On November 3, Inc.com reported 59 percent of Americans expected that day to be the most stressful of their lives. For several months experts have been saying that about two-thirds of the adults in the United States are feeling high anxiety. Many are anxious because of the covid pandemic. Others are anxious because they are out of work or their income is threatened. Some are in danger of losing their homes. This week many are anxious because the outcome of the election is uncertain. With millions of mail-in ballots cast, the count is taking much longer than usual. When things are uncertain, we all get anxious.
Today as I write this, our President is perhaps the most anxious person in the country. He expresses it in some not very presidential statements. Some in his own party are urging him to avoid making accusations or claiming he has been cheated, but instead to trust the citizens who are counting ballots. His obvious anxiety is shaping his judgment, but also influencing his committed supporters to be anxious, too. They seem ready to fight back against what looks like certain defeat. Chaos seems to threaten.
How do I want to respond? When we are among family or friends who are anxious, we can help everyone by being one of the less anxious persons. This is what counselors aim to be when helping others. When we are anxious, it is harder to make wise decisions and avoid saying or doing things we will regret later. If I can be one of those who are less anxious it will influence others the same way. “Feelings are contagious,” as a psychologist friend of mine said.
So I am trying to be one who is at least less anxious even if not non anxious. I want to do that for my own peace of mind so I can work productively and sleep well. But also, I want to be someone who helps others settle down. Social media are filled with disagreements and wild comments that only serve to raise our emotional temperature, sometimes to a fever. What can you and I do about it? Be one of the less anxious people. Don’t get into verbal fights. You can influence others best by being less anxious and not needing to “insist on your own way.” You will help others become less anxious, too. That’s how it works. So which will you and I be? How can I be that calm person I want to be?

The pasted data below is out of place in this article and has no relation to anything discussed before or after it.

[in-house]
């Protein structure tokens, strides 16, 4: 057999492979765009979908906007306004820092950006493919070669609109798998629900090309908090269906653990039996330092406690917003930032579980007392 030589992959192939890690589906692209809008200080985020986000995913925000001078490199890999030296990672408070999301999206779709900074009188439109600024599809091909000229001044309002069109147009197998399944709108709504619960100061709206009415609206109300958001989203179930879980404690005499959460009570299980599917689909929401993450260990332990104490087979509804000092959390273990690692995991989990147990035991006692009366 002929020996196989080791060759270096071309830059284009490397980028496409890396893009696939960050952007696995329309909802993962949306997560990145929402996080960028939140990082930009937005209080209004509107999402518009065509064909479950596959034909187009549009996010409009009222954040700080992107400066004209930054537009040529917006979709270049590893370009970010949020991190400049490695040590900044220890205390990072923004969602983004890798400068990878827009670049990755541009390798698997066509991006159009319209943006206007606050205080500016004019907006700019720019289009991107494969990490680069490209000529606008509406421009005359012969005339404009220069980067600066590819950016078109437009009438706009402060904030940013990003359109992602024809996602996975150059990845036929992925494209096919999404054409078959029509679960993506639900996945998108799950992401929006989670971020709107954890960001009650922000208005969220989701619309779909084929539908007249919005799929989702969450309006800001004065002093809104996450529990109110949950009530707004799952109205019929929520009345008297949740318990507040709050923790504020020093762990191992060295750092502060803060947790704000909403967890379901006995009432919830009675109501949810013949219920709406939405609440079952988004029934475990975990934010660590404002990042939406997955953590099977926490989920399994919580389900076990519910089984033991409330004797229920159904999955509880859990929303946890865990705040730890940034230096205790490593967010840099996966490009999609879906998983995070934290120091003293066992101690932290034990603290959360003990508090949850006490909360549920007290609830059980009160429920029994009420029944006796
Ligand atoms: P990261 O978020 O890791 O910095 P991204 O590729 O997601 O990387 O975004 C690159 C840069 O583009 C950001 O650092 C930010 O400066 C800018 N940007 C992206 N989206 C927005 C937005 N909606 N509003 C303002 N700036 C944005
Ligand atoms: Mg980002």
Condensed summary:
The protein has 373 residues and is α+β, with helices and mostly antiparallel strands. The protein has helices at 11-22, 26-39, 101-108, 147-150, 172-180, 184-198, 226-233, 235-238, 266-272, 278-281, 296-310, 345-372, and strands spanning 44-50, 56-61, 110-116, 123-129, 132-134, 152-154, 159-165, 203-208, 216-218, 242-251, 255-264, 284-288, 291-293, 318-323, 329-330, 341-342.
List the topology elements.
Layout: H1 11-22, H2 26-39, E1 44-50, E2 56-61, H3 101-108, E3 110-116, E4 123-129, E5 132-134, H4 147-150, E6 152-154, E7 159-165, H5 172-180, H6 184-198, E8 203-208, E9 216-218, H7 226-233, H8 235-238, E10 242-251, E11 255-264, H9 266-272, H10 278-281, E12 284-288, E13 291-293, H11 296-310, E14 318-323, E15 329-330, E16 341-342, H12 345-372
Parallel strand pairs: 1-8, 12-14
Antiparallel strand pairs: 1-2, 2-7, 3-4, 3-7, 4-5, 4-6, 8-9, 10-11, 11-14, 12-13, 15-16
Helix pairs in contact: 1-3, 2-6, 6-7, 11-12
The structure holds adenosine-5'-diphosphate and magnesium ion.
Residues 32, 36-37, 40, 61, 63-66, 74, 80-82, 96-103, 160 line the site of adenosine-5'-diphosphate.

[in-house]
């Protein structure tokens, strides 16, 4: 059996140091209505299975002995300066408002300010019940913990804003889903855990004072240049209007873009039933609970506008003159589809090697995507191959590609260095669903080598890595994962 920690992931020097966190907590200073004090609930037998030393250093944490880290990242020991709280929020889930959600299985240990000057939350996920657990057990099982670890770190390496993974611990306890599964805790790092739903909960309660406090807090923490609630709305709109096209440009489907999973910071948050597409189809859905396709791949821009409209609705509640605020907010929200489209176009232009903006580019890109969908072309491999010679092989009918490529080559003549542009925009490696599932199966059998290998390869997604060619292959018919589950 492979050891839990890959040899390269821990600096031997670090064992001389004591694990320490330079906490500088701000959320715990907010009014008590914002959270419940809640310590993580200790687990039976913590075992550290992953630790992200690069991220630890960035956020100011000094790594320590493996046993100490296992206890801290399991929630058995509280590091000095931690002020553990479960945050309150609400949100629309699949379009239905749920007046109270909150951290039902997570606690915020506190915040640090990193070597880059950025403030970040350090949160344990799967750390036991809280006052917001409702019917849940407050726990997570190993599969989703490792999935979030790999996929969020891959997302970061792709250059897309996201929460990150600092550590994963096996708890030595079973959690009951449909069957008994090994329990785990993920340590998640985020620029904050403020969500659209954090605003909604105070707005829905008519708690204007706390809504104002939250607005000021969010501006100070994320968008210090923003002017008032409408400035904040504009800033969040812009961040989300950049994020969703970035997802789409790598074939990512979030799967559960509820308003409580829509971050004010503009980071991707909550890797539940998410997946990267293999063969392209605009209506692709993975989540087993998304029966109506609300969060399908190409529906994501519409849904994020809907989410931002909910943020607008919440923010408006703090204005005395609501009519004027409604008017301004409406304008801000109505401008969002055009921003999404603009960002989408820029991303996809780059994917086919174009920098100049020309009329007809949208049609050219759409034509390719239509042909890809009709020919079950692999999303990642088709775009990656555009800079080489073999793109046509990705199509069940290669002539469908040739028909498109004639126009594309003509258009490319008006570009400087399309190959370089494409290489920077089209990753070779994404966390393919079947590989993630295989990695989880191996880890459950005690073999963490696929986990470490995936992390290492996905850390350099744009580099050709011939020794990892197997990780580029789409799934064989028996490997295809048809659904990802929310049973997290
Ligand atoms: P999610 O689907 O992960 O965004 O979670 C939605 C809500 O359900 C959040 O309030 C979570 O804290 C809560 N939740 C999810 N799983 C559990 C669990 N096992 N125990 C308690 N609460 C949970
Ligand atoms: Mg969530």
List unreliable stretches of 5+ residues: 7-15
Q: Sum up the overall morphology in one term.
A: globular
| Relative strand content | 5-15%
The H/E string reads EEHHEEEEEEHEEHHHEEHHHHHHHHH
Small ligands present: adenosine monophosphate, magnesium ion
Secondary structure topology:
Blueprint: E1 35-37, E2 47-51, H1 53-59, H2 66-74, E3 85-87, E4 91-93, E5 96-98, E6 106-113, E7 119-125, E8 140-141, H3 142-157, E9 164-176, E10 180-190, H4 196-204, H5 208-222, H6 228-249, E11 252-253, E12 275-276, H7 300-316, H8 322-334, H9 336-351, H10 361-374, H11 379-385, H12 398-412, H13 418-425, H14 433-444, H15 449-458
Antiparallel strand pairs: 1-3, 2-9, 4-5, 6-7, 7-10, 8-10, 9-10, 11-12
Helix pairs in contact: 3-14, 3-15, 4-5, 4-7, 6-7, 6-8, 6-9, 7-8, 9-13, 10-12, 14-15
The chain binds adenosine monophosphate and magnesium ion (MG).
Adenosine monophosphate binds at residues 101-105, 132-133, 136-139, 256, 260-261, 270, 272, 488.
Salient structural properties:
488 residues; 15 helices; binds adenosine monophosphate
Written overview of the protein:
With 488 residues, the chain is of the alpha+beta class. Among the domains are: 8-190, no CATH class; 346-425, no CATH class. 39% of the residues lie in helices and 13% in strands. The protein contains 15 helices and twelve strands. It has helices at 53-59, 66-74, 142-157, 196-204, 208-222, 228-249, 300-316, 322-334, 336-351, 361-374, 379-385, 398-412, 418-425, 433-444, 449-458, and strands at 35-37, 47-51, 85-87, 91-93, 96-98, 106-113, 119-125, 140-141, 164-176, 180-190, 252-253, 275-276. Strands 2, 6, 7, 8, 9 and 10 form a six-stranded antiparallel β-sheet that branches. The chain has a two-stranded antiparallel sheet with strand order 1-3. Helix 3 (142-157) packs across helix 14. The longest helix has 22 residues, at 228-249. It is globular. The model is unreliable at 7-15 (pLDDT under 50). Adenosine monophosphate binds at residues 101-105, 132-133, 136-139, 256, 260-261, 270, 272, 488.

It helps me some that I believe America has a deep vein of stability and that the vast majority of citizens have always accepted election results, even when it was against their wishes. On a deeper level, I hope I can be calm because God is the foundation of my life, not my favorite politician, nor “my” Social Security or the USA itself.
Each morning lately I have been listening to a few chapters of Jeremiah, Lamentations, and Ezekiel. Many passages describe war, torture, desperation, starvation, executions, slavery and death as people turned away from God. God’s people have suffered in the past and many are even now in places of war and persecution around the world. So I appreciate all the more my relatively quiet life, the people whom I love and who love me. Most of all, I am secure in the love of God.
My faith that Jesus is Lord is the rock of security upon which I stand. He will be there through every storm of confusion, doubt, and even death. So I can be a non anxious presence in this small moment of confusion in our country. I hope the same for you.
Do not be anxious about anything, but in every situation, by prayer and petition, with thanksgiving, present your requests to God. And the peace of God, which transcends all understanding, will guard your hearts and your minds in Christ Jesus.
Paul’s Letter to the Phiippians 4:6-7 (NIV)
© 2020 Stanley Hagemeyer